The reins may not be fully off for Nate Pearson, but the Toronto Blue Jays are ready to give their top pitching prospect a little bit more run down the stretch.
On a strict rotation of a five-inning start, followed by a truncated two-inning outing in the first half, the 22-year-old flamethrower will be given the chance to pitch deeper into ballgames in the second half.
After throwing 22 total innings last season between High-A Dunedin and the Arizona Fall League, Pearson’s workload is being closely monitored in 2019, with the Blue Jays preferring to limit him early on, and then allow him to build up as the season goes on.
“The Blue Jays are looking out for me, looking out for my arm with the innings limit and everything,” said Pearson, adding he wasn’t exactly sure where his overall innings cap lies but they’re going to assess how he feels late in the year. “But it’s still fun. I still get to go out there every fifth day and I still get to throw."
“They just wanted to limit my innings early on in the season so that in the second half of the season I can finish strong, rather than letting me go from the get-go out of spring training and then having to shut me down later in the season because I had reached my innings limit. This second half is going to be a little bit different. I’m not really going to have the five-two-five-two thing, it’ll be more five or six innings each time out, which I’m pretty pumped for.”
Despite the limited workload, the results have been eye-popping, good enough to push Pearson from the back half of top-100 prospect lists to being one of the best minor-league arms in baseball, sitting at No. 17 on Baseball America’s latest ranking.
Across 52 innings split between Dunedin and Double-A New Hampshire, Pearson has registered a 2.42 ERA, allowing just 33 hits and striking out 69.
The command has been excellent, too, as he’s walked just 10 batters all year.
The high-octane arsenal was on full display during all-star week in Cleveland, with Pearson coming out of the bullpen pumping 101 mph-plus fastballs at the Futures Game.
A talent-rich showcase, Pearson made quick work of three very good hitters, striking out Los Angeles Dodgers shortstop prospect Gavin Lux (Baseball America’s No. 11 prospect), getting future Atlanta Braves outfielder Cristian Pache (No. 16) to ground out, and then whiffing last year’s second-overall pick, San Francisco Giants catcher Joey Bart (No. 19), with a nasty slider.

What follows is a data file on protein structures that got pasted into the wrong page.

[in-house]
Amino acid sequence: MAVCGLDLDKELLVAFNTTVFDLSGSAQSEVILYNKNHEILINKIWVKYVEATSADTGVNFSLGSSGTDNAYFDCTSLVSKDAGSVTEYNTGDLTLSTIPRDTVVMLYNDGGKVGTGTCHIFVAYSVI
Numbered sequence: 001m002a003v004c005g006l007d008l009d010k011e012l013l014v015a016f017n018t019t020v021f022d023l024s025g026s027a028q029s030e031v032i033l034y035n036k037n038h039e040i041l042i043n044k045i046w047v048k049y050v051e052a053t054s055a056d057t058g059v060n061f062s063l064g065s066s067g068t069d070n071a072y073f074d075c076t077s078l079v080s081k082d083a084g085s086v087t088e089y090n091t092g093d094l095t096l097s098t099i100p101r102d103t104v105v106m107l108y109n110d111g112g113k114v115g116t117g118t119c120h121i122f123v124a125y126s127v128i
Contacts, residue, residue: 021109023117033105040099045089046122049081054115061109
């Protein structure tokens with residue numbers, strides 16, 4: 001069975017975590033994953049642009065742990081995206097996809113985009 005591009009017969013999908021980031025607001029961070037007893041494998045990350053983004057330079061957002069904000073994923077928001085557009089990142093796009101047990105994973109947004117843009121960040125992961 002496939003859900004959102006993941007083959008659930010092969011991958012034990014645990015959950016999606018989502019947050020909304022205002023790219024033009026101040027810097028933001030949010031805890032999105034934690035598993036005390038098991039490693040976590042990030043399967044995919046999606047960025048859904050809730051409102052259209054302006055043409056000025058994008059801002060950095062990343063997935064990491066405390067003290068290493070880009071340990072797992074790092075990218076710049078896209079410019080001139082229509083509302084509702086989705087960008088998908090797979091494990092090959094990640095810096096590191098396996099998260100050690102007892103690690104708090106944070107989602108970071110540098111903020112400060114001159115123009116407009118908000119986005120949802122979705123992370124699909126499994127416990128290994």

There’s really no secret to Pearson’s success.
“He’s just got a really good heater, man,” said Lux, who’s currently tearing up Triple-A for the Oklahoma City Dodgers. “He’s got a short arm that jumps and he’s throwing 102. Yeah, I mean, he’s good. You’ve just gotta get it going early. What are you gonna say? He throws 102, you know?”
Bart’s assessment was similar.
“Obviously, that fastball is something dangerous,” said Bart, who’s developing at High-A with the San Jose Giants. “It gets there on you quick. He threw me a pretty good slider and when he can mix his slider in with his heater being that hard, it’s going to throw a lot of guys off. You can’t wait around for 100. You can’t guess on 100.
“I knew his slider was coming and still didn’t hit it. He’s good. He’s going to have a bright future.”
With the reins loosened in the second half, Pearson is likely to finish off his season in Triple-A Buffalo, as the Jays would love to challenge the 6-foot-6, 245-pounder at the highest level of the minors before the season comes to a close.
While a big-league debut is not in the cards for 2019, Pearson should come into spring training on the periphery of the rotation battle.
The likely scenario at that point is he’s sent back to Triple-A to put the finishing touches on his development, before arriving in the majors, maybe for good, next summer.
Pearson has a realistic view of the situation.
“I hope to be soon, maybe next year,” he said when asked when he expects to reach the majors. “It’s all about preparing for the big leagues, that’s what I’m trying to do. Just get better each outing.”
Now regarded as a steal with the 28th overall pick in the 2017 MLB Draft, Pearson has only thrown 73.2 innings across bits and pieces of three professional campaigns.
A broken forearm suffered on a comebacker last year scrapped most of his 2018 season, but he’s back on track this year.
Slowly increasing that workload in order to find out if the big right-hander can handle the rigours of starting every fifth day — especially with a screw still in his elbow from high school — is the goal over the next calendar year.
He’s happy with the strides he’s made since being drafted more than two years ago.“I just learned and grew,” Pearson said. “I went through some struggles last year with injuries and it made me a better pitcher and have a better mindset on everything. I guess when I first signed, I thought it was going to be a little bit easier, but I knew it was going to be challenging, as well. I faced some of those challenges last year and I’m looking forward to the rest of this year.”